Recently, the Queensland Court of Appeal made a decision concerning s 18Succession Act 1981 (s.18).[1]  This section concerns the courts power to dispense with the execution requirements of a will. 

In this instance, Nora Lindsay, the deceased, was survived by her two children, Geoffrey and Heather.  Geoffrey believed his mother died without a valid will and so applied for and was granted letters of administration on intestacy on 17 June 2013. 

Soon after the grant issued, Geoffrey located a five page hand–written document in a storage box containing items removed from his mother’s family home.  The document had been written and signed by the deceased but not witnessed.  It was found in an envelope which was marked “the envelope contains the will of”.   The document purported to gift the deceased’s house to Geoffrey but little else by way of testamentary gifts.

This document was brought to the court’s attention by way of a subsequent application for a grant of probate brought by Geoffrey.  


At first instance, the Judge found that whilst the handwritten document did contain a bequest of the deceased’s real property to Geoffrey, that statement in itself, in the context of the whole document, was insufficient to satisfy the requirements of s.18(2).   The Judge noted that the document was said to be “for the purpose of making the will” rather than the will itself.

Referring to the New South Wales Court of Appeal decision in Hatsatouris v Hatsatouris[2], the Judge was not satisfied that the test in s.18(2) had been fulfilled and dismissed the application.


Geoffrey appealed this decision.  The only element of s 18 in question before the primary Judge, and on appeal, was “the evidence sufficient to satisfy the Court that the deceased intended the handwritten document to form her last Will?

The nature of how the document was stored was relevant. It was not located in the deceased’s metal filing cabinet, where many of her personal documents like tax, medical and various receipts, were located.  The document was found with other personal items in an old beauty case with leather gloves, scarves, costume jewellery, colour slides of her travels, and some postcards.  It was agreed that the document stated the deceased’s testamentary intentions, however it was argued it is not enough that the document set out the deceased’s testamentary intentions.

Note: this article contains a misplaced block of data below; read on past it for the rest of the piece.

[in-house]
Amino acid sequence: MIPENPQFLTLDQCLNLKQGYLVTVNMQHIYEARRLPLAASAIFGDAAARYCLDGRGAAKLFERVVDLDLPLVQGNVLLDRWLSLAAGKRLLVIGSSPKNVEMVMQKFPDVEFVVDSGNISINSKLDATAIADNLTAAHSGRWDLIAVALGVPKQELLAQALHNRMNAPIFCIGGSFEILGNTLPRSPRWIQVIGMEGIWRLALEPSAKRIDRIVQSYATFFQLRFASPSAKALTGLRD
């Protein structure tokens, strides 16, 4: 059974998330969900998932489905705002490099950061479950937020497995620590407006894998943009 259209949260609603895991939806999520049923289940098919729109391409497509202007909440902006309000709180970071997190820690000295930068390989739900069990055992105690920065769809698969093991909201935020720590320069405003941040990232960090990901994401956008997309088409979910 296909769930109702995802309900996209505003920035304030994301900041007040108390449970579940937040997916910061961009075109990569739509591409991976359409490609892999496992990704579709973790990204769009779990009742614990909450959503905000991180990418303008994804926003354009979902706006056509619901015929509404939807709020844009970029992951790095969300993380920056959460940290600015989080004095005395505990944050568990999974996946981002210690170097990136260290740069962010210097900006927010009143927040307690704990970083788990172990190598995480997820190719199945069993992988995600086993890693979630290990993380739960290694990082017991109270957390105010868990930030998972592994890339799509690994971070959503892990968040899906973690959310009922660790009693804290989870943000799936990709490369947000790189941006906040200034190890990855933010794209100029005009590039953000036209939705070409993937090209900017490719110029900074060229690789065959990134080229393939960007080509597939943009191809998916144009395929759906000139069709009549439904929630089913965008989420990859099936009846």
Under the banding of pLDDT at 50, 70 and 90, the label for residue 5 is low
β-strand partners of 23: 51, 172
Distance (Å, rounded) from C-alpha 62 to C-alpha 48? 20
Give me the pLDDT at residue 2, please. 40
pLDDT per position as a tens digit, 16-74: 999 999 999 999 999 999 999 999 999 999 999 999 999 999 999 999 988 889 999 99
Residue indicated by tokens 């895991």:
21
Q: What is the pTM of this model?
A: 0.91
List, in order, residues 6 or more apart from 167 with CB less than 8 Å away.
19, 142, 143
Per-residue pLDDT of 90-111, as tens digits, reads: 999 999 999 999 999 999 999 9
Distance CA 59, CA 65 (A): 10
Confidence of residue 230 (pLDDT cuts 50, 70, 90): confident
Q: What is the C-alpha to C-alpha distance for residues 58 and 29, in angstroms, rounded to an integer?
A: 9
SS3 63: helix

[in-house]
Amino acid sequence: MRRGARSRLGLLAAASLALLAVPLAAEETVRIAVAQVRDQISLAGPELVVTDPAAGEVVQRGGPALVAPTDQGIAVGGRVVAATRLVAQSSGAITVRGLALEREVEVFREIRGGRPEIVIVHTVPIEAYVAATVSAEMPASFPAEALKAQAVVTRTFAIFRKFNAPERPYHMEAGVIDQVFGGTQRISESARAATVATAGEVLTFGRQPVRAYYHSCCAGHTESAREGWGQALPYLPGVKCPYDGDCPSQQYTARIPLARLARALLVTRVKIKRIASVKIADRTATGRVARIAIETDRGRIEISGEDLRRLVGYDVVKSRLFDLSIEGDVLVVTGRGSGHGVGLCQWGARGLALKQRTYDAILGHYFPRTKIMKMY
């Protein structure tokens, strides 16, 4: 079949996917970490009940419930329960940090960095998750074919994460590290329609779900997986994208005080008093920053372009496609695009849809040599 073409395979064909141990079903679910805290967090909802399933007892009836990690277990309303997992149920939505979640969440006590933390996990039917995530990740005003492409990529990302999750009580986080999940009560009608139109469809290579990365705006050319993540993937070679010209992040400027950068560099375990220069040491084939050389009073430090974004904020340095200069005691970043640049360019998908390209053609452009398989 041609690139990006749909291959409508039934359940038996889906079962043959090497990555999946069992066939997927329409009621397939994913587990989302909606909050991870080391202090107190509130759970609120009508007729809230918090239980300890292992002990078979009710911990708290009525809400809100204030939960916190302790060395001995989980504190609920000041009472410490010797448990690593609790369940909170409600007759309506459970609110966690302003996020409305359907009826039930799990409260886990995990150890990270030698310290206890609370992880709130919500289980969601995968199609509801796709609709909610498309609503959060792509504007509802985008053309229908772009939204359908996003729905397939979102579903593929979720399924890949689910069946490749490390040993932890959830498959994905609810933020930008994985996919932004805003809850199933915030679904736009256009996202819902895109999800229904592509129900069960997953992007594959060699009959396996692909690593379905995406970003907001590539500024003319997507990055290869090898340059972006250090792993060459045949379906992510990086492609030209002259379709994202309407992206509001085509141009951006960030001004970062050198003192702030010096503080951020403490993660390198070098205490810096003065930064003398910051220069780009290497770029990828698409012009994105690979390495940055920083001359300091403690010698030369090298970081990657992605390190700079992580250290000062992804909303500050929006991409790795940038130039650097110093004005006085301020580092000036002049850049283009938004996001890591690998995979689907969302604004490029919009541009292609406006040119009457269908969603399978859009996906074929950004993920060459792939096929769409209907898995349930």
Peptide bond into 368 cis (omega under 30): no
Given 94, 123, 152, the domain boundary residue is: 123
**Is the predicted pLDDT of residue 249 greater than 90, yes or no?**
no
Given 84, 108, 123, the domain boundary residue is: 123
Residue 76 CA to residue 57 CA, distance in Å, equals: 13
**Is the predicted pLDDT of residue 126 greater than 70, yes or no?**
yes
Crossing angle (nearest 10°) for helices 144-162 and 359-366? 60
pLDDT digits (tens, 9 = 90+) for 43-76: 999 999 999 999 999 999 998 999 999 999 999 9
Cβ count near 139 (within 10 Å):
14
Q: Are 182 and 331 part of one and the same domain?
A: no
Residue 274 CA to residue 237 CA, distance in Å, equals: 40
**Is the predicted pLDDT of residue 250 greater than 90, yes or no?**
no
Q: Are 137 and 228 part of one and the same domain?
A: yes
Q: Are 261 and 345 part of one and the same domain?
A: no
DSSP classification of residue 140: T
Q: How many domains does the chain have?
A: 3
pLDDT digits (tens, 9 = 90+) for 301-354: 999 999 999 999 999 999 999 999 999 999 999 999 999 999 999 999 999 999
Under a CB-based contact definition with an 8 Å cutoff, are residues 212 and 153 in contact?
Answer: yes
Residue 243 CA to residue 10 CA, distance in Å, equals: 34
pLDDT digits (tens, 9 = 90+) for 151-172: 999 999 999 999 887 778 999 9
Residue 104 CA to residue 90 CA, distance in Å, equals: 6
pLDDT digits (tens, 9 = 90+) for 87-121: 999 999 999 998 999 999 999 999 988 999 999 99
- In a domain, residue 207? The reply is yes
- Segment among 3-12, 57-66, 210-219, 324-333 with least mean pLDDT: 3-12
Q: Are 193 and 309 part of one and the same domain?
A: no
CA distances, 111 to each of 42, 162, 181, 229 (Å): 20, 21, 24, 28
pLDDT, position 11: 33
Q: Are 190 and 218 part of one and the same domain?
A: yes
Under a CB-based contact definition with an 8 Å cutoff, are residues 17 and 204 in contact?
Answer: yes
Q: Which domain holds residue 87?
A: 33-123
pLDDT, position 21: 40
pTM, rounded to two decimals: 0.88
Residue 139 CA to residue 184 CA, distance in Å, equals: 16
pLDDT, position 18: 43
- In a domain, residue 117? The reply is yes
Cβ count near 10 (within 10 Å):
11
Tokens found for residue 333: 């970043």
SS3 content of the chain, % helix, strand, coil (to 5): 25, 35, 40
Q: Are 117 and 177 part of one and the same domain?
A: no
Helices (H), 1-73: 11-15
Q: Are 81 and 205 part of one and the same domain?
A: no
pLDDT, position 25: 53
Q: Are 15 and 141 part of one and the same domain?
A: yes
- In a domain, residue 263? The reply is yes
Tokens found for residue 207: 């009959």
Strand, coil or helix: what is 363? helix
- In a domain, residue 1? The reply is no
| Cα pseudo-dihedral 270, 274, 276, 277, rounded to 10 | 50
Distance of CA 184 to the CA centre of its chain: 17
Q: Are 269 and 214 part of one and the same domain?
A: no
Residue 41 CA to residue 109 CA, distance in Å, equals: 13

The lack of evidence of the deceased having formed this general intention was pivotal to the outcome.  The evidence must establish that, on the balance of probabilities, the deceased did not want to make any further changes to that document.  The document in this case was insufficient to satisfy the requirements of s.18.  The evidence did not establish that that type of document embodied the settled testamentary intentions of the deceased.

At best, the evidence placed before the primary judge, established that the deceased intended that her son Geoffrey receive the benefit of her estate, with Heather to receive nothing.  Given the deceased had made a will in 1986 with the Public Trustee it would have been reasonable to assume that the deceased would have been aware of how a will should be properly executed.  Crucial to the failure of the appeal was the evidence did not establish, on the balance of probabilities, that the handwritten document, in that form and given the context of where it was stored, was intended by the deceased to form her last will.


Establishing testamentary intentions by reference to a will is very different to establishing settled testamentary intentions by reference to an informal document.  This case confirms that satisfying this element of s.18 is crucial to such an application.  It will not be sufficient to simply put a document containing testamentary wishes before a court without some evidence or basis for asserting that the deceased intended the document to operate as his/her will.